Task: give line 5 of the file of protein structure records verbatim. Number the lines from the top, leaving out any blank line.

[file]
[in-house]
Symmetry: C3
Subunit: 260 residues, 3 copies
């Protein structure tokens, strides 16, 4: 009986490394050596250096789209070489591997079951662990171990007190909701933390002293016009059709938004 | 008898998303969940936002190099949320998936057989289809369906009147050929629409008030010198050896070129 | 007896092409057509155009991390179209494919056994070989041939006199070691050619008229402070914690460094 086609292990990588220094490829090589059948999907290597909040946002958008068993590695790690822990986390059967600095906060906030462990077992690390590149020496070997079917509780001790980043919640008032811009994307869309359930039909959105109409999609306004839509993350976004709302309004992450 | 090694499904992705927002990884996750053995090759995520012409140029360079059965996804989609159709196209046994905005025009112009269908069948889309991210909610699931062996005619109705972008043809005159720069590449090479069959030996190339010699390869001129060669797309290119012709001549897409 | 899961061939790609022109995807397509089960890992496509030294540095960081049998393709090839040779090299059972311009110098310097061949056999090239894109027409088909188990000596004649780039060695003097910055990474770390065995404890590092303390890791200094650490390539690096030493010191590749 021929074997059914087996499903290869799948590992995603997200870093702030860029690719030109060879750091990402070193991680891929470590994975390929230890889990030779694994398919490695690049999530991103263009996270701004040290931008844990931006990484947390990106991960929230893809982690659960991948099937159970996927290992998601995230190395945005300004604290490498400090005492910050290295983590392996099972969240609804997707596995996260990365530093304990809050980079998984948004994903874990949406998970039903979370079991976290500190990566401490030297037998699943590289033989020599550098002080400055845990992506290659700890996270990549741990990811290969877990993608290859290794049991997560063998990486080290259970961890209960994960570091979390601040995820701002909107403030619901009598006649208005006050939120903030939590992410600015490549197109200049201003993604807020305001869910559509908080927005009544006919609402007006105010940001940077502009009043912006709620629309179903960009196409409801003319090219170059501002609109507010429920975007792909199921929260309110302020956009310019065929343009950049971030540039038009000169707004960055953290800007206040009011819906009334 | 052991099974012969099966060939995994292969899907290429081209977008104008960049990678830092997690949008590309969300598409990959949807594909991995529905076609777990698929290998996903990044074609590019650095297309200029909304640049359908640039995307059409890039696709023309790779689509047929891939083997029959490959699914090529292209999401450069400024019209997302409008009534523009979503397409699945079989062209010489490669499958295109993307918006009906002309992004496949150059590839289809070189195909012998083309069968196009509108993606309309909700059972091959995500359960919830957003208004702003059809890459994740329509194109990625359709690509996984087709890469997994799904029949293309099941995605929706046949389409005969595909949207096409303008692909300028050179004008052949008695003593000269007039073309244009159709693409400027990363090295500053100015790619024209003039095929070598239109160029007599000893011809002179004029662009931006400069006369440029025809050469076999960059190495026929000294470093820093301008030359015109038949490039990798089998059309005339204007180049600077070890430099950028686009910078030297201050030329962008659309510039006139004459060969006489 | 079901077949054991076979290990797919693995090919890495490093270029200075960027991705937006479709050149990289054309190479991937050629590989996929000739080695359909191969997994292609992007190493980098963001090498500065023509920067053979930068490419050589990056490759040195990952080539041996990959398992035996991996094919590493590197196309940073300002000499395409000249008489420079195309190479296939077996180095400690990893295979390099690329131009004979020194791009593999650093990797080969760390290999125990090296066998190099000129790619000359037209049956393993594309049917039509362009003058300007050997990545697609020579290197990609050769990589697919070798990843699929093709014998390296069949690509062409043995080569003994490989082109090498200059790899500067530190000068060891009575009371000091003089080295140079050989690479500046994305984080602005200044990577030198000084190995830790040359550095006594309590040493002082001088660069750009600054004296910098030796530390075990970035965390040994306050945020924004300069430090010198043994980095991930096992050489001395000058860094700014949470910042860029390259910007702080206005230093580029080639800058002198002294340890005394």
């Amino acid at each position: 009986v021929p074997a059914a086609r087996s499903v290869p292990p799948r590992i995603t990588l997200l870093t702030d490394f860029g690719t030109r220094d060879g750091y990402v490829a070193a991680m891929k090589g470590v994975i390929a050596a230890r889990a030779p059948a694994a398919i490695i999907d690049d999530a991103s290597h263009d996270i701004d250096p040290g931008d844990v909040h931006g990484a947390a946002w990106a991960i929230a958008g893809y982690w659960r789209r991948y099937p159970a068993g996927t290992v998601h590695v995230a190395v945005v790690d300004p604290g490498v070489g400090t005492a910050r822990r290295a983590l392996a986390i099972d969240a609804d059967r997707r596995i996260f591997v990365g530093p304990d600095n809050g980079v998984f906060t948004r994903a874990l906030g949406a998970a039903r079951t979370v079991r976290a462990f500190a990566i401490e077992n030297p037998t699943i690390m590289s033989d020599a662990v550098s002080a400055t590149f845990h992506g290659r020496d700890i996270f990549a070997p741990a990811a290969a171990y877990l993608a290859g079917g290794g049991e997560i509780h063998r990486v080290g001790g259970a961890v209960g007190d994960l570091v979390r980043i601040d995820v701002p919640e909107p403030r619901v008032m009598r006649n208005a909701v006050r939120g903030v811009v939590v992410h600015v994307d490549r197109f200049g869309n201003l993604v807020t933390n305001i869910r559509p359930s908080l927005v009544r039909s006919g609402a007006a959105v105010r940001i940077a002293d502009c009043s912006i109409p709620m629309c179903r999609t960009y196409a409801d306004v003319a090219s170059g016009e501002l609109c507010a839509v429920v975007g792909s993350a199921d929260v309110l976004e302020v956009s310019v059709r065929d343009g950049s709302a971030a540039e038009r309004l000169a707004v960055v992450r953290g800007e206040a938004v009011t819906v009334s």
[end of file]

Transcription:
């Amino acid at each position: 009986v021929p074997a059914a086609r087996s499903v290869p292990p799948r590992i995603t990588l997200l870093t702030d490394f860029g690719t030109r220094d060879g750091y990402v490829a070193a991680m891929k090589g470590v994975i390929a050596a230890r889990a030779p059948a694994a398919i490695i999907d690049d999530a991103s290597h263009d996270i701004d250096p040290g931008d844990v909040h931006g990484a947390a946002w990106a991960i929230a958008g893809y982690w659960r789209r991948y099937p159970a068993g996927t290992v998601h590695v995230a190395v945005v790690d300004p604290g490498v070489g400090t005492a910050r822990r290295a983590l392996a986390i099972d969240a609804d059967r997707r596995i996260f591997v990365g530093p304990d600095n809050g980079v998984f906060t948004r994903a874990l906030g949406a998970a039903r079951t979370v079991r976290a462990f500190a990566i401490e077992n030297p037998t699943i690390m590289s033989d020599a662990v550098s002080a400055t590149f845990h992506g290659r020496d700890i996270f990549a070997p741990a990811a290969a171990y877990l993608a290859g079917g290794g049991e997560i509780h063998r990486v080290g001790g259970a961890v209960g007190d994960l570091v979390r980043i601040d995820v701002p919640e909107p403030r619901v008032m009598r006649n208005a909701v006050r939120g903030v811009v939590v992410h600015v994307d490549r197109f200049g869309n201003l993604v807020t933390n305001i869910r559509p359930s908080l927005v009544r039909s006919g609402a007006a959105v105010r940001i940077a002293d502009c009043s912006i109409p709620m629309c179903r999609t960009y196409a409801d306004v003319a090219s170059g016009e501002l609109c507010a839509v429920v975007g792909s993350a199921d929260v309110l976004e302020v956009s310019v059709r065929d343009g950049s709302a971030a540039e038009r309004l000169a707004v960055v992450r953290g800007e206040a938004v009011t819906v009334s």